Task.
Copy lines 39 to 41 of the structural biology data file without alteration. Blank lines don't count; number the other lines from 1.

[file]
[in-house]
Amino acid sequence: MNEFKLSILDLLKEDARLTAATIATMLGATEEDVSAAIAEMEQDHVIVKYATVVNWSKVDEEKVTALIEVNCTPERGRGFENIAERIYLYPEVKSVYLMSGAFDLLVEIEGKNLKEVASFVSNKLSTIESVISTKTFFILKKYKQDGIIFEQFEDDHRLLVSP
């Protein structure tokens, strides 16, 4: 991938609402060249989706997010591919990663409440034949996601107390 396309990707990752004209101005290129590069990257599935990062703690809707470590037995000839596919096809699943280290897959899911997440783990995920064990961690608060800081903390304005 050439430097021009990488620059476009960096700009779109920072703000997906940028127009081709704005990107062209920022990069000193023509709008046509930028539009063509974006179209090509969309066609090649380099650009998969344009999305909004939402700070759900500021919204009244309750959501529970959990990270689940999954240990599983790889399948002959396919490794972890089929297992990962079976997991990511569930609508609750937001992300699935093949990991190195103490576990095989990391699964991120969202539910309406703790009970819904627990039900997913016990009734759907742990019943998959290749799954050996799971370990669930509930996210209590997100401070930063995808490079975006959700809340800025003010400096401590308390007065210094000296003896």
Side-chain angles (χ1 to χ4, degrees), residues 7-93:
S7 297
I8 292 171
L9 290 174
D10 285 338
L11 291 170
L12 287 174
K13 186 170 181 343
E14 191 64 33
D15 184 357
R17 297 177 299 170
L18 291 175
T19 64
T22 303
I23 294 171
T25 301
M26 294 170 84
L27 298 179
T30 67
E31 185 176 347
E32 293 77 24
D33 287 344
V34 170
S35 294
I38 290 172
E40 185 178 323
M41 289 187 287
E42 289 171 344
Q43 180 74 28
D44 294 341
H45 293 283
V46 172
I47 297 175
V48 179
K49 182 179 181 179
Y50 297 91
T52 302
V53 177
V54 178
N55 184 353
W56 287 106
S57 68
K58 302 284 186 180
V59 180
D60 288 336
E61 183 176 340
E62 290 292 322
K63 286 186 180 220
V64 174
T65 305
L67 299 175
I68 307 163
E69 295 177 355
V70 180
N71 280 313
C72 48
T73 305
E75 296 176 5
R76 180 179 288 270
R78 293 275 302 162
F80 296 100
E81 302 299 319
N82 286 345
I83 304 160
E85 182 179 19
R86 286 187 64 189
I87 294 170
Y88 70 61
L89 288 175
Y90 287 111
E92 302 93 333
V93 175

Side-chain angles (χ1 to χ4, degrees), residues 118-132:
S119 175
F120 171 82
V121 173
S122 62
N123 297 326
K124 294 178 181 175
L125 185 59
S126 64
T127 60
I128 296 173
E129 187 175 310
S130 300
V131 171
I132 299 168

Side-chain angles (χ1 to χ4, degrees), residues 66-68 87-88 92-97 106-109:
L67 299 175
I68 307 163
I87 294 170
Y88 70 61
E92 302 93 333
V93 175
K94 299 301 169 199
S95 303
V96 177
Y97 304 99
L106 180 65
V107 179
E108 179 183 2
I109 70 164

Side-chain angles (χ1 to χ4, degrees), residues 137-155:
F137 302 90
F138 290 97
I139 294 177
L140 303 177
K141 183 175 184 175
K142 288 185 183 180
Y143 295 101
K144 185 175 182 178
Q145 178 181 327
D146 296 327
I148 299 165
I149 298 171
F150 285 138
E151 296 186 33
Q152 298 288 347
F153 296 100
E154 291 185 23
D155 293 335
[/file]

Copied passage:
Y50 297 91
T52 302
V53 177